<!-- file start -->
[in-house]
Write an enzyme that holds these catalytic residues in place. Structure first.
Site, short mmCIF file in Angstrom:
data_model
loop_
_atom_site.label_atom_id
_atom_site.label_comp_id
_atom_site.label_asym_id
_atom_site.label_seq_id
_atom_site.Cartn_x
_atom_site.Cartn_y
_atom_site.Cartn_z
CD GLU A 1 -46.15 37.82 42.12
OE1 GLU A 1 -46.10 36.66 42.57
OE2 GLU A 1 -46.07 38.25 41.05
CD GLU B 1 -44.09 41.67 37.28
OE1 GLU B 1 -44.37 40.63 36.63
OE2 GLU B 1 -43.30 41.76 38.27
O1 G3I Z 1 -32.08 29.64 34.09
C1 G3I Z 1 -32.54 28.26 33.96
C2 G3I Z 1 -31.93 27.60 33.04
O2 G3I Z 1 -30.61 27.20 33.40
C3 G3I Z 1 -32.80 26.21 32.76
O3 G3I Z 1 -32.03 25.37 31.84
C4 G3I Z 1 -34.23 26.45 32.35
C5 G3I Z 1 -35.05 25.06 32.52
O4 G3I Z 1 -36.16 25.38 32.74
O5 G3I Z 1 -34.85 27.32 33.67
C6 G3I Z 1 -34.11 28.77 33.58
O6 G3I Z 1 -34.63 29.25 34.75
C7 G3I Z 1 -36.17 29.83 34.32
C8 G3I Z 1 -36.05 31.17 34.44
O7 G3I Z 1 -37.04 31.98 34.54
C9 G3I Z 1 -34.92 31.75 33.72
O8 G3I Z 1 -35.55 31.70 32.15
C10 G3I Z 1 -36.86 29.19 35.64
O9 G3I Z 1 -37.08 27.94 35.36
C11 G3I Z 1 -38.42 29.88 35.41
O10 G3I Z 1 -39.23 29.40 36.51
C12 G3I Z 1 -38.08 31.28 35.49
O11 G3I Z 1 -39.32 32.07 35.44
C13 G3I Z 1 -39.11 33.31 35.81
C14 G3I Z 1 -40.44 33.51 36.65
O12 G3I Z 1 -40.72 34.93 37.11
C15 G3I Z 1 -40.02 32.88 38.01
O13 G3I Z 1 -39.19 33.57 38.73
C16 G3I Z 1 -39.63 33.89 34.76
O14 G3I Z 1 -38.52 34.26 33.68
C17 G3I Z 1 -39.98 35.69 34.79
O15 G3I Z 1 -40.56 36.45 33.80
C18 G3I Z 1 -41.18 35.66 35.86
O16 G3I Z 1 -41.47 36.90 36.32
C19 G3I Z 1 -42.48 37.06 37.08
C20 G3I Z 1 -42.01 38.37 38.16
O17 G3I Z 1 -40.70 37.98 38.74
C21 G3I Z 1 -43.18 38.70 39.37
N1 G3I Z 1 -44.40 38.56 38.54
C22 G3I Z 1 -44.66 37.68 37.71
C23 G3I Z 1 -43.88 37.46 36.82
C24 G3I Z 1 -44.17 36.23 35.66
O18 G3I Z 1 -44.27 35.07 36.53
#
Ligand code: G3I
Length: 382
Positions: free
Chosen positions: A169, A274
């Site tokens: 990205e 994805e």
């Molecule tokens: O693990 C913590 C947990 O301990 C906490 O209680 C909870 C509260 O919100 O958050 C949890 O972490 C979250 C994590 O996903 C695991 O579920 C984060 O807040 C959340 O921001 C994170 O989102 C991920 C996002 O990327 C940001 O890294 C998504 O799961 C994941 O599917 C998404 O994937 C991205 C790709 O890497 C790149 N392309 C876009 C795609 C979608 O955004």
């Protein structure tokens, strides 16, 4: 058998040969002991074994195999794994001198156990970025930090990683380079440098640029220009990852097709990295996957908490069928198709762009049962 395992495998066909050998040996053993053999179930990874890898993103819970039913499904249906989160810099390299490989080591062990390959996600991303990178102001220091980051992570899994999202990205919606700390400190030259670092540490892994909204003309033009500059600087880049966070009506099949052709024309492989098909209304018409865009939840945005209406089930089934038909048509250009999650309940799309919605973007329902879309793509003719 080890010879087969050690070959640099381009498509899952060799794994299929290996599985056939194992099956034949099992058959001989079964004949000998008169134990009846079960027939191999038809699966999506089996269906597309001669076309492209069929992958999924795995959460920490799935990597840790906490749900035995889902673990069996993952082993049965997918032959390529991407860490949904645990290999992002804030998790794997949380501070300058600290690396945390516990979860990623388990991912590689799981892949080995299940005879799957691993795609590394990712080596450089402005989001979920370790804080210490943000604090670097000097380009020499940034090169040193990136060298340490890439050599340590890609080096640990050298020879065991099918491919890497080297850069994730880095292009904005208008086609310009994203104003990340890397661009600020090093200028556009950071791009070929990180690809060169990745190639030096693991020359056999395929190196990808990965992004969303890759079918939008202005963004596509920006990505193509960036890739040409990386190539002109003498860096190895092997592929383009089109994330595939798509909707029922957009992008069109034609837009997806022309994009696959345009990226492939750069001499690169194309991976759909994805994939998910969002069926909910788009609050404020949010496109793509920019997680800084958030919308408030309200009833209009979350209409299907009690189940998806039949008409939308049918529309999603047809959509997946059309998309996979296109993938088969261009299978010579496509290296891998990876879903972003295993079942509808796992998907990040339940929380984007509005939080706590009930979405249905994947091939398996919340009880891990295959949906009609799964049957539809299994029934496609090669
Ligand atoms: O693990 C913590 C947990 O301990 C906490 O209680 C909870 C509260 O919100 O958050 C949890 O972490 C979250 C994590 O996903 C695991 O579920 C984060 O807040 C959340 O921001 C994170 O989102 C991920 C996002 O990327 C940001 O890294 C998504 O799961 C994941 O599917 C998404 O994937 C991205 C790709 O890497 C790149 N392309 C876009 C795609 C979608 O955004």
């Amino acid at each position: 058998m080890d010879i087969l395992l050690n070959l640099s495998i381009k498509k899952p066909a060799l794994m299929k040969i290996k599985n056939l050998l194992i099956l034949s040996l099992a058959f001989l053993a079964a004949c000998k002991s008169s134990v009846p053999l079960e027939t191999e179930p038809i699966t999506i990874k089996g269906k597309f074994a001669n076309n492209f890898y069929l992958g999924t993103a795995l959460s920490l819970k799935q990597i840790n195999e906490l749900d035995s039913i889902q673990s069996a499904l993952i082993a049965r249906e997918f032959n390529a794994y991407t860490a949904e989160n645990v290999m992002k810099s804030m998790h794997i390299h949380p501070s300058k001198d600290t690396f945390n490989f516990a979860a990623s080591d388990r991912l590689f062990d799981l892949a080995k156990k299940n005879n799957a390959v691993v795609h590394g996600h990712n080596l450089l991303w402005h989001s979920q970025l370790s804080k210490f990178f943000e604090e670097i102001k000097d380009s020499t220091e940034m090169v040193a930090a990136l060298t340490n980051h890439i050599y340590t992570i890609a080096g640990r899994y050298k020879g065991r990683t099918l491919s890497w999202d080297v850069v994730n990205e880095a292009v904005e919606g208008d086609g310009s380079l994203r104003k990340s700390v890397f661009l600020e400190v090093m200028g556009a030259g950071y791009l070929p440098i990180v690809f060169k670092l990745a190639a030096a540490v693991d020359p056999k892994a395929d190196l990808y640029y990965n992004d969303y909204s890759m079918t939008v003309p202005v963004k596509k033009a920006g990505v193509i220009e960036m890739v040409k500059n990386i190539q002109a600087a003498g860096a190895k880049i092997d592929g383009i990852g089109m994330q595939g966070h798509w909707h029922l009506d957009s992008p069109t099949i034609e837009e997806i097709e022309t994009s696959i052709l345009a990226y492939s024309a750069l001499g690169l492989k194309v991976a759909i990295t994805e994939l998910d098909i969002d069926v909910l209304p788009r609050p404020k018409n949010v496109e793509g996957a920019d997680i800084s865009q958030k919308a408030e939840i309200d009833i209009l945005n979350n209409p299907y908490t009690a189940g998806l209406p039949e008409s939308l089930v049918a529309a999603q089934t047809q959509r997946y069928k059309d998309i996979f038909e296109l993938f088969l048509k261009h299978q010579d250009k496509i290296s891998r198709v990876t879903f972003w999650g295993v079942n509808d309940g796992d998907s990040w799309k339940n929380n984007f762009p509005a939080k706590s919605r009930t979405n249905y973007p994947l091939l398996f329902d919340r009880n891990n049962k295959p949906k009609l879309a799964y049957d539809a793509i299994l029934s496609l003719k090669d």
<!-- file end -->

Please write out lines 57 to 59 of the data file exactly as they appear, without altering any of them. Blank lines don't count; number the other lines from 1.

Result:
N1 G3I Z 1 -44.40 38.56 38.54
C22 G3I Z 1 -44.66 37.68 37.71
C23 G3I Z 1 -43.88 37.46 36.82